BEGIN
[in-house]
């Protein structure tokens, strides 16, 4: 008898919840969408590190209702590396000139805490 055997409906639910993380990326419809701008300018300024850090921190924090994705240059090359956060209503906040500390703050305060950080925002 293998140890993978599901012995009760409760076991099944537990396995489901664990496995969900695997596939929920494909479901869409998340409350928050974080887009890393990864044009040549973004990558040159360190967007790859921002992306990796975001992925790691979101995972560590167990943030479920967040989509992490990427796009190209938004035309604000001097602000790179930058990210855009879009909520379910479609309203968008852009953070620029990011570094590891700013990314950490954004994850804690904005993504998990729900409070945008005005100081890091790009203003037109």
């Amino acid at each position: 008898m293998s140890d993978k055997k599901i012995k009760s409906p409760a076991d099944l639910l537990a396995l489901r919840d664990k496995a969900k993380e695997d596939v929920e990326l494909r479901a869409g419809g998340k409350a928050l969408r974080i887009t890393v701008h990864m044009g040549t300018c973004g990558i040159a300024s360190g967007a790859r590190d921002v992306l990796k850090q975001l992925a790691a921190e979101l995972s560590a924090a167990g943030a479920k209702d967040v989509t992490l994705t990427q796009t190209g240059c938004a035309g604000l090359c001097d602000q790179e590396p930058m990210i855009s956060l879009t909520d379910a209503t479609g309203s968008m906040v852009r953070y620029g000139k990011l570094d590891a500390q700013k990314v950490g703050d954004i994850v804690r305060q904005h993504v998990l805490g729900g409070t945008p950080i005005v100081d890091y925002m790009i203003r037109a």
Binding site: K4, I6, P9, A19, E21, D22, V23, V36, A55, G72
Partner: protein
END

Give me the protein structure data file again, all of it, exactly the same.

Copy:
[in-house]
């Protein structure tokens, strides 16, 4: 008898919840969408590190209702590396000139805490 055997409906639910993380990326419809701008300018300024850090921190924090994705240059090359956060209503906040500390703050305060950080925002 293998140890993978599901012995009760409760076991099944537990396995489901664990496995969900695997596939929920494909479901869409998340409350928050974080887009890393990864044009040549973004990558040159360190967007790859921002992306990796975001992925790691979101995972560590167990943030479920967040989509992490990427796009190209938004035309604000001097602000790179930058990210855009879009909520379910479609309203968008852009953070620029990011570094590891700013990314950490954004994850804690904005993504998990729900409070945008005005100081890091790009203003037109």
């Amino acid at each position: 008898m293998s140890d993978k055997k599901i012995k009760s409906p409760a076991d099944l639910l537990a396995l489901r919840d664990k496995a969900k993380e695997d596939v929920e990326l494909r479901a869409g419809g998340k409350a928050l969408r974080i887009t890393v701008h990864m044009g040549t300018c973004g990558i040159a300024s360190g967007a790859r590190d921002v992306l990796k850090q975001l992925a790691a921190e979101l995972s560590a924090a167990g943030a479920k209702d967040v989509t992490l994705t990427q796009t190209g240059c938004a035309g604000l090359c001097d602000q790179e590396p930058m990210i855009s956060l879009t909520d379910a209503t479609g309203s968008m906040v852009r953070y620029g000139k990011l570094d590891a500390q700013k990314v950490g703050d954004i994850v804690r305060q904005h993504v998990l805490g729900g409070t945008p950080i005005v100081d890091y925002m790009i203003r037109a």
Binding site: K4, I6, P9, A19, E21, D22, V23, V36, A55, G72
Partner: protein